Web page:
Acetaldehyde is accumulated in the colonic lumen of alcoholics at high concentrations due to a high rate of oxidation of ethanol to acetaldehyde by mucosal and enterobacterial alcohol dehydrogenase and a low rate of oxidation of acetaldehyde into acetate by aldehyde dehydrogenase (10). Several experimental studies have demonstrated that acetaldehyde concentrations in the colonic lumen reach as high as 1 mM, and, therefore, acetaldehyde-induced cellular changes have significant implication for the integrity of colonic mucosa. Previous studies showed that exposure to acetaldehyde increases paracellular permeability by disruption of TJ and AJ (2) and promotes cell proliferation (11) in Caco-2 cells. The present study demonstrates that acetaldehyde, at 100–300 μM concentration, induces structural and functional modification of TJ and AJ proteins in the human colonic mucosa. The results indicate that acetaldehyde disrupts epithelial TJ by inducing tyrosine phosphorylation and dissociation from the cytoskeleton of TJ and AJ proteins. These effects of acetaldehyde may have significant implications for the loss of cell-cell adhesion and increased risk for colon cancer. A growing body of evidence indicates that alcohol increases the risk for colorectal cancer (24). This effect of alcohol is most likely mediated by the accumulation of acetaldehyde in the colonic lumen (15).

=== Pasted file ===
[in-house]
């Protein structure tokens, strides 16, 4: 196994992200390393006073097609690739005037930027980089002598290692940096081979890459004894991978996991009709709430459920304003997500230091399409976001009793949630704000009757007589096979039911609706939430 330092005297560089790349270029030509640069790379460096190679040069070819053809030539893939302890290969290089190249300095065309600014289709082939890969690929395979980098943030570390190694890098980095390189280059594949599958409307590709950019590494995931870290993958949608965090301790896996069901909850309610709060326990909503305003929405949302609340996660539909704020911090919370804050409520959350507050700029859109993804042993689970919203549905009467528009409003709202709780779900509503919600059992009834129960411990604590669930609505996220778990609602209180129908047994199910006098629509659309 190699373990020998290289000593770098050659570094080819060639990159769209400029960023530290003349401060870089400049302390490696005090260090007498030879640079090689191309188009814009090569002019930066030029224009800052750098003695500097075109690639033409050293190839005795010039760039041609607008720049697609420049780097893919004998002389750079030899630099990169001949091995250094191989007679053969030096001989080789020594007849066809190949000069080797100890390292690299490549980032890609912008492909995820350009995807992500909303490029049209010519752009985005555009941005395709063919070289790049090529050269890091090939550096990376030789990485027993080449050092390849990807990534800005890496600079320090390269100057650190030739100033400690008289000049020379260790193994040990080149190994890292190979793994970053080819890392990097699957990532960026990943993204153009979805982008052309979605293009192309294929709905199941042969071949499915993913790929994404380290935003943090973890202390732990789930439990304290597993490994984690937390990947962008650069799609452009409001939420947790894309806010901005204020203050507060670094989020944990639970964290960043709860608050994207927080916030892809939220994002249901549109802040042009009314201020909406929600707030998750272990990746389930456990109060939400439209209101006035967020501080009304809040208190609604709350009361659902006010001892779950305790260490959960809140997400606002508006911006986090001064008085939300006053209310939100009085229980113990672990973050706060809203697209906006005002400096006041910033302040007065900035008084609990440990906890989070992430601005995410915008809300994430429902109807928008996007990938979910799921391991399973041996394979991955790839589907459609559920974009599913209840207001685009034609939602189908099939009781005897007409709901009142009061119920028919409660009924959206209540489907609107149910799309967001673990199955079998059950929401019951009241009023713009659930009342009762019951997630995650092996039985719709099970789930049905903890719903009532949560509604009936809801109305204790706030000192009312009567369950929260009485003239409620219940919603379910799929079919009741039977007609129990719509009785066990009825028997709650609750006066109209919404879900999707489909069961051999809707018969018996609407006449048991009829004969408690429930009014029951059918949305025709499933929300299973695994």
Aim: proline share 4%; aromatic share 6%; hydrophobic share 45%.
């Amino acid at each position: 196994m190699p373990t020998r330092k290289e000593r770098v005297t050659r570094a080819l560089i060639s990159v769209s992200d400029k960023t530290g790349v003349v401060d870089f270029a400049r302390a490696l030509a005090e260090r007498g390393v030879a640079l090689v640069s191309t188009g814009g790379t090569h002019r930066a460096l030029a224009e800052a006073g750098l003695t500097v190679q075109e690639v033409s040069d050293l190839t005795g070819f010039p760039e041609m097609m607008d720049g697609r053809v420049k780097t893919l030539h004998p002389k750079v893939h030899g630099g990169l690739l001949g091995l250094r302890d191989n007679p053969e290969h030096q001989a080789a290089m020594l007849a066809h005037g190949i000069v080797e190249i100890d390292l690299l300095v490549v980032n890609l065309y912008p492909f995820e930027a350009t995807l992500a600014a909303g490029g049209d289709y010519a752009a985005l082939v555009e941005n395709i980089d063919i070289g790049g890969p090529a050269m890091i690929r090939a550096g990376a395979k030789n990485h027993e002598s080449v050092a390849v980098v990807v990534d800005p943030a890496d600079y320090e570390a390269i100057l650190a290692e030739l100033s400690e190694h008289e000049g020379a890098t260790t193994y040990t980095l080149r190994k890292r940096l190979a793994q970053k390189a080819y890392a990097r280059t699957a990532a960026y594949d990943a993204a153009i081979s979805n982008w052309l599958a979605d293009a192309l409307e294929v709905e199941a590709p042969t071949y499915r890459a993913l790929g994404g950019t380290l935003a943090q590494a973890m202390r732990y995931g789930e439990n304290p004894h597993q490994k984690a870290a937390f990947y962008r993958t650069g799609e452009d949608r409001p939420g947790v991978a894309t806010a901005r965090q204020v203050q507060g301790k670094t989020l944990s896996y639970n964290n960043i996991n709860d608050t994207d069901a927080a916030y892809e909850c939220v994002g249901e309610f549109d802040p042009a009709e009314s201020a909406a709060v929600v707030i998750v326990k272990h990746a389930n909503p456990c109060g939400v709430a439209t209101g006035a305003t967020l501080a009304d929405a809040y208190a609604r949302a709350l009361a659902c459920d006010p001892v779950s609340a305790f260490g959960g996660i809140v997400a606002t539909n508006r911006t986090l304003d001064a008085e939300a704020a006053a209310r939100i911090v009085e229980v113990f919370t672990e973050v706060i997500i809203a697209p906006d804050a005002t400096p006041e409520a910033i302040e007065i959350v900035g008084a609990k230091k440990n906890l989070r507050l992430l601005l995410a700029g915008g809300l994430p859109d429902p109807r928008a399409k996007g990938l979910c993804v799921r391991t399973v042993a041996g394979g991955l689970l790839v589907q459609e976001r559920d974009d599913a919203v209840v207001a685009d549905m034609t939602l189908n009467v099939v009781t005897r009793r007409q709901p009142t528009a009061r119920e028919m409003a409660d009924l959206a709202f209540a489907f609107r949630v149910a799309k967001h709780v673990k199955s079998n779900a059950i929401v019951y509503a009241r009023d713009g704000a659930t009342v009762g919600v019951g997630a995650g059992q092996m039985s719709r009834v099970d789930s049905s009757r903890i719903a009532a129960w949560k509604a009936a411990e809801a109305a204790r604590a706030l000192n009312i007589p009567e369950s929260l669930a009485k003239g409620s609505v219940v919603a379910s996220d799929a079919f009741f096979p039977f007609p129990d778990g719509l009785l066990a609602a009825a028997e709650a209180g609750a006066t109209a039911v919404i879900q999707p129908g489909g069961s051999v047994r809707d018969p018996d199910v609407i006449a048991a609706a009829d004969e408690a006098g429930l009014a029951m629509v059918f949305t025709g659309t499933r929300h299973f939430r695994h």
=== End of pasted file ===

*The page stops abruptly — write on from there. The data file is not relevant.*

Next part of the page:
The present study shows that acetaldehyde induces tyrosine phosphorylation of a wide spectrum of proteins in the human colonic mucosa. This study also demonstrates that acetaldehyde increases tyrosine phosphorylation of TJ protein, occludin, and AJ proteins, E-cadherin and β-catenin. Previous studies showed that oxidative stress (18) increases the tyrosine phosphorylation of occludin, ZO-1, E-cadherin, and β-catenin, and acetaldehyde (2) increases tyrosine phosphorylation of ZO-1 and β-catenin in Caco-2 cell monolayer. It was suggested that tyrosine phosphorylation of TJ and AJ proteins may play a role in the disruption of TJ and AJ. Previous studies indicate that tyrosine phosphorylation of β-catenin prevents its interaction with E-cadherin, leading to the loss of cadherin-based cell-cell adhesion (3). Our recent study demonstrated that tyrosine phosphorylation of occludin prevents its interaction with ZO-1, ZO-2, and ZO-3 (9). Therefore, the results of the present study indicate that acetaldehyde-induced tyrosine phosphorylation of TJ and AJ proteins in human colonic mucosa may be associated with the disruption of TJ and AJ.